1650, one of the courtiers, Dean Stuart, writes to Secretary Nicholas a long letter complaining of the hardships they were faced with and concludes with-" What has become of the fifty pounds designed for me ? Meantime I will pray heartily for those who, after many years service, have not thought an old man worthy of the necessaries of life."
They were getting short of money and Secretary Nicholas had very little to meet the many expenses of the Royal Court and those who adhered to the King's party. On the 16th February 1650, the Parliament passed an Act appointing a Commission to use all their powers to reduce the Islands of Jersey, Guernsey, Scilly and the Isle of Man, and it was determined to push forward the necessary expeditions. They appointed Colonel Heane to take charge of the forces intended for Jersey and on the 2nd August 1651, the Council of State informed him:
"Rumour has got about that we propose giving over our expedition to Jersey and it will much advantage if this rumour be spread and thereby put the Jersey people into a state of security. Meanwhile proceed secretly as speedily as possible."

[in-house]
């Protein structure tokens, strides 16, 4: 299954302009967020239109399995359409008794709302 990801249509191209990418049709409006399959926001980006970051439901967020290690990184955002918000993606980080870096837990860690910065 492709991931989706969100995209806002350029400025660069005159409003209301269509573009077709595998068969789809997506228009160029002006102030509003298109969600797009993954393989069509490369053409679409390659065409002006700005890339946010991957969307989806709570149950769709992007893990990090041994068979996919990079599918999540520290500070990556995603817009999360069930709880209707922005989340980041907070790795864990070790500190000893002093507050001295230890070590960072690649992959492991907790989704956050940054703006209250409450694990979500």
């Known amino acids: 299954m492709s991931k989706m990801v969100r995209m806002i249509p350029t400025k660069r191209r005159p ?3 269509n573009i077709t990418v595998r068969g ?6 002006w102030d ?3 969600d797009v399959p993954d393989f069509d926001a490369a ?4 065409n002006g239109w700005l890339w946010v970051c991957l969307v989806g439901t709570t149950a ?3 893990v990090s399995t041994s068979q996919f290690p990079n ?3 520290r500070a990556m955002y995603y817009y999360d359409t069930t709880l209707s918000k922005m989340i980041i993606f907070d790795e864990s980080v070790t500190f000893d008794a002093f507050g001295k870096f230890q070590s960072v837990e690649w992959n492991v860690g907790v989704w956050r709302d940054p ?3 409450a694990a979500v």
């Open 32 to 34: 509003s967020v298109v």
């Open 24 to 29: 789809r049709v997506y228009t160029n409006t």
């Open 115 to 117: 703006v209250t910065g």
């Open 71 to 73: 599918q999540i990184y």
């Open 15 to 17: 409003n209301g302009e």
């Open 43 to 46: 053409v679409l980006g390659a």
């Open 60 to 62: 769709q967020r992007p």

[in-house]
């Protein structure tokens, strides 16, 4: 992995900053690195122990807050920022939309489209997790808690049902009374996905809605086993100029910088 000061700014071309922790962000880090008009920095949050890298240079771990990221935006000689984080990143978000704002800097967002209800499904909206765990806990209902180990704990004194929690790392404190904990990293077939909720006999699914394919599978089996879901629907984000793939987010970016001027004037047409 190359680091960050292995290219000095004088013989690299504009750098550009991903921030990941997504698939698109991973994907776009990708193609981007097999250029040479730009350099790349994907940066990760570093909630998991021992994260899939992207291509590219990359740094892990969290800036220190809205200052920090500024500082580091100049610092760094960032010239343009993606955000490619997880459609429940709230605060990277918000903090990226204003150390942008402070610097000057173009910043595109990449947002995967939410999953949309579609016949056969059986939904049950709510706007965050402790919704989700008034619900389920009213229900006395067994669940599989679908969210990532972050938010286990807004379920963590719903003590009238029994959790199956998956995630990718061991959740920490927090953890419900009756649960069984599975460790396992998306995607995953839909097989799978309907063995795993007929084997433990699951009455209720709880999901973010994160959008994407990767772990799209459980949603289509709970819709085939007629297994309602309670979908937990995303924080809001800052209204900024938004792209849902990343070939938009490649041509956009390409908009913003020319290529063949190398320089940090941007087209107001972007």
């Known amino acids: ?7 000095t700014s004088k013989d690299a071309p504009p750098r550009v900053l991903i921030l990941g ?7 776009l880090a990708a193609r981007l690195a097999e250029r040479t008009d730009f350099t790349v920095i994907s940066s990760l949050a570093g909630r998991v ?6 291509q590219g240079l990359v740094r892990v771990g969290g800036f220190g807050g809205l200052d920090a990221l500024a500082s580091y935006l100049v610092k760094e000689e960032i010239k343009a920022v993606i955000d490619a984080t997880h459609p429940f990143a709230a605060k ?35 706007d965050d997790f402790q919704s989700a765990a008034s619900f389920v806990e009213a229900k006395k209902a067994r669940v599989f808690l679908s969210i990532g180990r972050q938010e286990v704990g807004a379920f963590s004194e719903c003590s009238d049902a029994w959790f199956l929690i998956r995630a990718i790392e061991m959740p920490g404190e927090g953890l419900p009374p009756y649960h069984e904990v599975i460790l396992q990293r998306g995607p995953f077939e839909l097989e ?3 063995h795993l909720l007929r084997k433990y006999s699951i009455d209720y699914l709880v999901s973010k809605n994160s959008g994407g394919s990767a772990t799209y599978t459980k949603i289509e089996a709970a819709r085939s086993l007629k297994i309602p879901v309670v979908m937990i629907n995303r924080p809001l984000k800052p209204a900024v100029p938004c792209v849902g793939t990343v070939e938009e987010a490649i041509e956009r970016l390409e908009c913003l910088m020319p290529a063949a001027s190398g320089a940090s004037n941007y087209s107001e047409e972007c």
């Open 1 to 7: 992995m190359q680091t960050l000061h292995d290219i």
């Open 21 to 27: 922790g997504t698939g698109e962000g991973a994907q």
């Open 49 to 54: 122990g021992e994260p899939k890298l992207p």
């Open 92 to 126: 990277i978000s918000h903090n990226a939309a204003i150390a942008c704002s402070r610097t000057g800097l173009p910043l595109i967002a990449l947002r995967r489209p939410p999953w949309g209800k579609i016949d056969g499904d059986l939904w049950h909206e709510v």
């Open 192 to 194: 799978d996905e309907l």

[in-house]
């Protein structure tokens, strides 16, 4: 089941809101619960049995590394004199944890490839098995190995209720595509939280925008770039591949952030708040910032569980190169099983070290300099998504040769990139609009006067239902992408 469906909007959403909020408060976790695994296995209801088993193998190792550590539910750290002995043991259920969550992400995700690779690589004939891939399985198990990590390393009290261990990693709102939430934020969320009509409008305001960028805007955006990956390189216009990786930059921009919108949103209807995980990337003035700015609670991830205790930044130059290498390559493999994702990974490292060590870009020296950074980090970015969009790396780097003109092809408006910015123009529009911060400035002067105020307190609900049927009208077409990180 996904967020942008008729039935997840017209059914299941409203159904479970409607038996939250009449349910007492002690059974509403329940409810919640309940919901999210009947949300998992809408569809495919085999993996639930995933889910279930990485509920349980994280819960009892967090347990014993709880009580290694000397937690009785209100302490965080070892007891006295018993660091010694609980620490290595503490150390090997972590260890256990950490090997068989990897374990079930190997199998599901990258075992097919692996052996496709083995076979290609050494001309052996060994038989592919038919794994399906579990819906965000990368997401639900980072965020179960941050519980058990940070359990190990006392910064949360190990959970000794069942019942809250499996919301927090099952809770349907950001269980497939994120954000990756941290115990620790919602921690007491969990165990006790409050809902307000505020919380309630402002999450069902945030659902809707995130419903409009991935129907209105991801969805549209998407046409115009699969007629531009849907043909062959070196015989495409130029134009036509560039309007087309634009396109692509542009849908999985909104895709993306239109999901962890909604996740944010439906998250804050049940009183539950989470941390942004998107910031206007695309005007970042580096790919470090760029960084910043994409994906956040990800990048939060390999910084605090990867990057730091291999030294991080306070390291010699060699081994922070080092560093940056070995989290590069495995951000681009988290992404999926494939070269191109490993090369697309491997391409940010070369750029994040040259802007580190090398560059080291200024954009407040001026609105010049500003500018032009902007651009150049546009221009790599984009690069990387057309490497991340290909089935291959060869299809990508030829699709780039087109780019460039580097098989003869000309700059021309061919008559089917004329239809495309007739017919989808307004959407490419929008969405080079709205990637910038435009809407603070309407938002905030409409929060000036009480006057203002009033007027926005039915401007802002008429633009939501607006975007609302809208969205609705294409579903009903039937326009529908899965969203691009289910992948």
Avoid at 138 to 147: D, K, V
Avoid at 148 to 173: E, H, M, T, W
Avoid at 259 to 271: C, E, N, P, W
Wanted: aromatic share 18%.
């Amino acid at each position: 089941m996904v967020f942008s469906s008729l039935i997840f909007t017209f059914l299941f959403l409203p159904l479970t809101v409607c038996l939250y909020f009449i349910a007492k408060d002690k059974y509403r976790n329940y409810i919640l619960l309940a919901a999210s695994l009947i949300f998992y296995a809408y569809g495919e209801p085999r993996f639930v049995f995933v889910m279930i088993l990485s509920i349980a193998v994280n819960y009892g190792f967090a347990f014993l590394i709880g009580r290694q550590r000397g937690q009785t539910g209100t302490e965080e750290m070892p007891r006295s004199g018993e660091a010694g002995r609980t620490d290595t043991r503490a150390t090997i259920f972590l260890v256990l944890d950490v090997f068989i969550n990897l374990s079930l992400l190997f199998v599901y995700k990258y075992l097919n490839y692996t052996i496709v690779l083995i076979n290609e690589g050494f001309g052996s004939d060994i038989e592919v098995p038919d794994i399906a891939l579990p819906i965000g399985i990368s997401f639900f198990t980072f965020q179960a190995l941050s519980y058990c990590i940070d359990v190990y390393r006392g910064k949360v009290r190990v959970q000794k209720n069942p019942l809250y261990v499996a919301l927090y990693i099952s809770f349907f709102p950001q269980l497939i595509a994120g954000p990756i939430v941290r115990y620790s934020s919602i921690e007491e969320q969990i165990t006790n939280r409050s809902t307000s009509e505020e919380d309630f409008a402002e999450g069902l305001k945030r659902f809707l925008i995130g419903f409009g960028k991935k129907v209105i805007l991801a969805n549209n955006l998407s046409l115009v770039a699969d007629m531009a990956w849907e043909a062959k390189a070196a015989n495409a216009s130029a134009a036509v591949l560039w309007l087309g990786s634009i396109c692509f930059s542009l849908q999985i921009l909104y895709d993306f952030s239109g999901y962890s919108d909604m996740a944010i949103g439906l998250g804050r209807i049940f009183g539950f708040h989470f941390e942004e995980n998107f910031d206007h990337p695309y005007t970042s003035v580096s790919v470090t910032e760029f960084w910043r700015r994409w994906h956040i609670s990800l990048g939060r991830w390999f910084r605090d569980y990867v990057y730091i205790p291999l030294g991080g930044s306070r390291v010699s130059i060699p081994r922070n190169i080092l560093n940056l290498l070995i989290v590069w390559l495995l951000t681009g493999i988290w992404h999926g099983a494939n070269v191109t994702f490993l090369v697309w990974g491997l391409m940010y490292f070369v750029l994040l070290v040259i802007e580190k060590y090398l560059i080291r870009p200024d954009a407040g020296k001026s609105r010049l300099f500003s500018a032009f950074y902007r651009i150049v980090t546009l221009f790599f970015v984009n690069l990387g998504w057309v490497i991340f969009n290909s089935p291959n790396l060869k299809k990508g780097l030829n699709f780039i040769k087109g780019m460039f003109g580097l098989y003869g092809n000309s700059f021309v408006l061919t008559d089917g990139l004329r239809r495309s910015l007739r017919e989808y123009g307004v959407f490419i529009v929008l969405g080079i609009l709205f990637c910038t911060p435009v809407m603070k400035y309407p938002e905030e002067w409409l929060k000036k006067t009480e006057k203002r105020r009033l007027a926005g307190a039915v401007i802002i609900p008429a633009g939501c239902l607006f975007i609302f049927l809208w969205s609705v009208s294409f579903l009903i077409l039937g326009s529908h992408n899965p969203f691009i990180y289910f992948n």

On the 20th September the Council directed Colonel Blake to sail for Jersey and assist Colonel
Heane to reduce the Island and on the 25th they advised Colonel Heane that they were sending to him Captain Hockall, Captain Norman and Captain Lempriere as they might be useful by their knowledge and interest in Jersey.
Even Sir George was beginning to wonder how much longer he could keep the flag flying, and he took the opportunity of sending a great part of his valuables to France.
Early in October 1651, Blake and his fleet put to sea and on the 20th it was in sight of Jersey. It was a day of great excitement for Jersey and the church bells were rung so as to call the trained bands to arms. In his enthusiasm, one Mourant rang the bell of St. Saviour's Church with such force that the bell was broken. Four of the Parliamentarian vessels had anchored in the Bay of St. Ouen and the next day, 21st, the whole of the fleet arrived, and began firing on the militia and soldiers assembled to meet them.